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Old 01-14-20, 09:41 PM
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Join Date: Jun 2010
Location: Medford MA
Posts: 1,770

Bikes: Ron Cooper touring, 1959 Jack Taylor 650b ladyback touring tandem, Vitus 979, Joe Bell painted Claud Butler Dalesman, Colin Laing curved tube tandem, heavily-Dilberted 1982 Trek 6xx, René Herse tandem

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Lefol Holes

I think I mentioned, this summer, on French Ebay, I bought a pair of old Lefol fenders for the Trek. Old Lefol fenders almost invariably come with tons of holes drilled in them, and generally the more holes there are, the cheaper they come. I think this pair was 25 EUR including shipping to my friend in Germany. I counted at least 10 superfluous holes drilled in them. Seems about right.

gugie has put bumper stickers over them. This is a good idea. Quick and affordable. But I really wanted to know if I could weld them. It was a burning question for me. I finally got the chance to use a really nice TIG welder that can do AC with high-frequency arc stabilization. This allowed me to answer my burning question.

So I tried it out. I prepped the fenders using a stainless wire brush and clamped some copper sheet to the back of the fender to cover the hole. I used 70% "cleaning" (electrode positive) bias. 60A max on the foot pedal. I used 1/32" 4043 filler rod. Pretty standard procedure, I thought. I messed up a lot and contaminated a lot of tungsten (the arc changes color and you get black schmutz everywhere when you do this) and finally developed/aped the technique in which I rested the ceramic cup of the tig torch on the fender and made a steady arc, which I pulsed using the foot pedal to alternately get more filler rod melted in (low amps) and get penetration on the hole's edges (high amps). By "walking the cup" (moving the tig torch's ceramic cup by degrees) around the hole, I could get to all sides.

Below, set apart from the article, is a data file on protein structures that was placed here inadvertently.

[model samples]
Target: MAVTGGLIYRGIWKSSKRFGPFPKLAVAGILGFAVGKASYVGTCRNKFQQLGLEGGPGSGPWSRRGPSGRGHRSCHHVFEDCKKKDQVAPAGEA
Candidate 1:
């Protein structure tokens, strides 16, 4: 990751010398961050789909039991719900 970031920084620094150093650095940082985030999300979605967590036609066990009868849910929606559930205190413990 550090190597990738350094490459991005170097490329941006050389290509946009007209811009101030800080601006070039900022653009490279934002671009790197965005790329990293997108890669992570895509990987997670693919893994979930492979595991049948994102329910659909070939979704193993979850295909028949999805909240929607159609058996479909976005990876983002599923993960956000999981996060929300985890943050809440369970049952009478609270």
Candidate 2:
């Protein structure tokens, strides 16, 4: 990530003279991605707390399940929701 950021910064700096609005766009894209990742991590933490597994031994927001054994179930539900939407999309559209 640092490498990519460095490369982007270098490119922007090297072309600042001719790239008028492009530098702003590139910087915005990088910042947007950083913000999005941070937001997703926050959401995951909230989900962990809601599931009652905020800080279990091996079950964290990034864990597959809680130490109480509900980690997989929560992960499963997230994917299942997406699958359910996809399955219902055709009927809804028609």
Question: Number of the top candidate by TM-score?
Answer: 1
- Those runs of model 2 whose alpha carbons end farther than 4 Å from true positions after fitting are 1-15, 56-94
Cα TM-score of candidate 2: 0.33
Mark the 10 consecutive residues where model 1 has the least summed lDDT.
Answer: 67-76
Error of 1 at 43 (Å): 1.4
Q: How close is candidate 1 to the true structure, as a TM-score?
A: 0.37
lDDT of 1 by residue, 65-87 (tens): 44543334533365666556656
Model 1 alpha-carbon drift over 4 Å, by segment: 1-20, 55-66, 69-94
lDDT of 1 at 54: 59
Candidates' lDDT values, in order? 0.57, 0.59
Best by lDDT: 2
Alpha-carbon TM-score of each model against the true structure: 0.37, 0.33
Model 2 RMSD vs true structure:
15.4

There were 9 holes to fill in this rear fender. It took me about 2 hours to do it all. The welds are a little bit more brittle than the rest of the fender, but they could be cold-worked, by peening or crimping, to a certain degree. Here are the results. Six holes in the bottom photo and three and a half in the top photo.

There were two holes in the front that I did not want. I did these last, so they are the best of all.

You can see I was even able to preserve the hammered pattern a little. I am proud of this!

Was it worth it? Probably not if all I got was a pair of beat-up-looking fenders. Should just cough up the money to buy new Honjos, and save myself the time and effort. I'll still have to buy some Berthoud mounting stays for these, after all! But I learned a lot of difficult welding technique, and that makes it worth it.
Owner & co-founder, Cycles René Hubris. Unfortunately attaching questionable braze-ons to perfectly good frames since about 2015. With style.

Last edited by scarlson; 01-14-20 at 09:57 PM.
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